Comment


                    • #11
                      Chartering

                      I have no problem with anyone who uses their skill as a captain and fisherman to help defray the cost of boat ownership; in fact, I'm jealous. I do not have the skill and do not want to deal with the liability. However, back in the day, I owned a business that lent itself to entertaining customers and suppliers on my boat. I learned from my CPA that if I carefully documented that use and recorded all of the expenses of ownership, like maintenance, fuel, insurance, slip fees, etc., that I could deduct the portion of the cost of ownership that was "a non-reimbursed business expense." If, for example, I put a total of 100 hours on the boat and 30 hours were utilized entertaining for business purposes, then 30% of the cost of ownership and operation, as well as some depreciation, were deductible. Per the guidance of my accountant, business utlilization should not be over 40%. I would suggest that it is not unusual for boat owners who are in business to have customers, suppliers, bankers, insurance guys, etc. on their boats with some frequency.

                      From 1985 until 1996, my company owned the boat and all of the fishing gear. I never chartered, nor collected funds from those who fished and boated with me, but did do a lot of business fishing and boating. In 1993 I survived a full blown IRS audit; the log was very detailed. Check with your CPA; the laws are constantly changing, but I am confident that whatever the tax guys in Washington come up with a good tax guy can "work with."

                      I am now just like most of the rest of you...paying the price with no tax deals, but I am always looking....

                      AGITATOR

                      Comment


                      • #12
                        And if you pay income taxes those deductions to gross income will make you feel a lot better than writing a large check to the IRS plus you have enjoyed some fishing.
                        2003 CC-28
                        Bite Me
                        Ocean City &
                        Davidsonville Md

                        Comment


                        • #13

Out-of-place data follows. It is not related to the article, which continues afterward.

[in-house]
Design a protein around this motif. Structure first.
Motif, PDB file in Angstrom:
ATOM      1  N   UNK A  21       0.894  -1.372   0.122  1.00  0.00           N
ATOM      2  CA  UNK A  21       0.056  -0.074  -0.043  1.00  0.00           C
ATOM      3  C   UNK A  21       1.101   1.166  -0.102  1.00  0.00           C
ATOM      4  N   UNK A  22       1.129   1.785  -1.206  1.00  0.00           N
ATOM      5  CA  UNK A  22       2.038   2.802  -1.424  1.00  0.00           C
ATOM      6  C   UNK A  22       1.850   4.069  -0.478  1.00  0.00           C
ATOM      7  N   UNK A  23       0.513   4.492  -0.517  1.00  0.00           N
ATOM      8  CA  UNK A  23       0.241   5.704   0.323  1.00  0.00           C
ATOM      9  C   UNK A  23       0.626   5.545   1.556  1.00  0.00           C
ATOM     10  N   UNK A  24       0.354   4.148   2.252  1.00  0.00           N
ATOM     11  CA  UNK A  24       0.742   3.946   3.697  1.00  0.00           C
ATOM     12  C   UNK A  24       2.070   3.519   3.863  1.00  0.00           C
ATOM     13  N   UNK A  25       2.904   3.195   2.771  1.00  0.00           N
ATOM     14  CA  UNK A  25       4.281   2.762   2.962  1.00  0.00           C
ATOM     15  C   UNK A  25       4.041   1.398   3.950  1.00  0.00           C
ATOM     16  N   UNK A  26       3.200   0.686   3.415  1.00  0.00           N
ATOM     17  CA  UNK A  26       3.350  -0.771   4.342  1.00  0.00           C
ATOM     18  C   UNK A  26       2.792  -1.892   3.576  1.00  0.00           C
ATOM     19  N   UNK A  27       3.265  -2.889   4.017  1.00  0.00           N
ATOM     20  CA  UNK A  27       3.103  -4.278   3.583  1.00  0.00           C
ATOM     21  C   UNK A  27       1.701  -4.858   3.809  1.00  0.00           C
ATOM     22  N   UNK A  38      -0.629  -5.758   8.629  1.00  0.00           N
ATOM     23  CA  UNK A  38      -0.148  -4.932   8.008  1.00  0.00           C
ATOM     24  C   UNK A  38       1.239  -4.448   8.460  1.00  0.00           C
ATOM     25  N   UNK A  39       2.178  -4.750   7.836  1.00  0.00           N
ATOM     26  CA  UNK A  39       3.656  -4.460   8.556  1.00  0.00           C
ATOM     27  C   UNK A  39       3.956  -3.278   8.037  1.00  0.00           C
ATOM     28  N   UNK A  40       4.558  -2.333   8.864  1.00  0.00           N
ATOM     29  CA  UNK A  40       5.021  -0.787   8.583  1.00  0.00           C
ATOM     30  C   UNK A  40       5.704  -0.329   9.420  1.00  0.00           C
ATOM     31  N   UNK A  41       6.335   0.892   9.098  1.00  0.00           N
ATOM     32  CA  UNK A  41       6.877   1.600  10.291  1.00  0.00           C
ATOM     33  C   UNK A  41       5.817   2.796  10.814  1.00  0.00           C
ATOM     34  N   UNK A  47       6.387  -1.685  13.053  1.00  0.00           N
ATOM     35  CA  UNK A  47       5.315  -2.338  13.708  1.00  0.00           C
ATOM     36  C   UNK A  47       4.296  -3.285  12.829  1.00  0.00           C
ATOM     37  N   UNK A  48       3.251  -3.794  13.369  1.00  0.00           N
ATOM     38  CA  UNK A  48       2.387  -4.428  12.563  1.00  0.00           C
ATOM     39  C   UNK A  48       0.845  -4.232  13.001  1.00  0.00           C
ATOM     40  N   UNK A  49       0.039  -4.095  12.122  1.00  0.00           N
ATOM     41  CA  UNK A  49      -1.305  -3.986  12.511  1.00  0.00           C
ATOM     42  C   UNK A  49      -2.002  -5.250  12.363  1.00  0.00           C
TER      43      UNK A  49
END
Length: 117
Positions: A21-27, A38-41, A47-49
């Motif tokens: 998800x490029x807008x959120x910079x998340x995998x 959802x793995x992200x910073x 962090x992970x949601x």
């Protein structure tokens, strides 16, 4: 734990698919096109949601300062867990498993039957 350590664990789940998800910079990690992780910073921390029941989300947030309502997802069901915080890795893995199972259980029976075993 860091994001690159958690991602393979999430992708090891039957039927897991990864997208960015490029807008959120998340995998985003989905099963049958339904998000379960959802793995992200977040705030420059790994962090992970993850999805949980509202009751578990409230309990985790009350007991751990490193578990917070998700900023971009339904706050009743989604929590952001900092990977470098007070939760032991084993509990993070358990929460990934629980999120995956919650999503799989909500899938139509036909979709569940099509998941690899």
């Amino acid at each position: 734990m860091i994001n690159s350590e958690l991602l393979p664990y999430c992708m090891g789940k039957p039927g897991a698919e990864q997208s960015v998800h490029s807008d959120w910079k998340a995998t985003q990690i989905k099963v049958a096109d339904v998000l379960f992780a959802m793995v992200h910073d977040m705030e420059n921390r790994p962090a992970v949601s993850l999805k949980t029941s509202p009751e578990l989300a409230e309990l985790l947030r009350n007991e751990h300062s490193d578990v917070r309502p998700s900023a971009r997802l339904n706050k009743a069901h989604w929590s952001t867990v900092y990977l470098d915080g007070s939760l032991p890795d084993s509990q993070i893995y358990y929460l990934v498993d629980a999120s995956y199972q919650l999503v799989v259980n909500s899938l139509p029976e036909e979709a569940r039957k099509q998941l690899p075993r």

Hawk: thank you. That does make sense.
                          One question: how do you get away spending so little


                          Chris 'Actually, chipping in for gas, bait, food... does not constitute a charter. I brought the same question up this past winter when I got my captians license. So rest assured you have no liablitiy."
                          I am not doubting you.. however I have 'heard' otherwise. I'm really not that concerned as sharing costs (and with today's fuel prices) this is common practice, but I have heard that technically this is a 'charter'. If you can point me to regulations, rulings, etc that confirm what you were told, would greatly appreciate.

                          JohnD

                          Comment


                          • #14
                            John,

                            I was informed of this from my instructor, Capt. Bill Rivera from Nautical School where I earned my Masters License over the winter. He as the owner of Nautical School is in close contact with the USCG and has confirmed that information. I do believe I remember him stating that at one point there was a ruling stating that any form of compensation constitutes a charter, but that ruling has been changed. I am sure you could contact the USCG for confirmation.


                            Chris
                            "Pelagic" 2006 Classic 32

                            Comment


                            • #15
                              what is a charter

                              In my opinion, the term charter represets a vessel for "hire." If you are taking your friends out for a fishing trip and they chip in for expenses, I think a court of law would have a hard time establishing the fact that you held your boat out for charter.
                              1965 MFG 16'
                              1973 Grady White 18'
                              205' USCG Cutter Tamaroa - Engineer
                              125' FEADSHIP M/Y "Gillian" - Engineer
                              50' Gulfstar S/Y - Mate
                              2005 Wellcraft 23' center console
                              2007 Carolina Classic 25
                              2007 Carolina Classic 28

                              Comment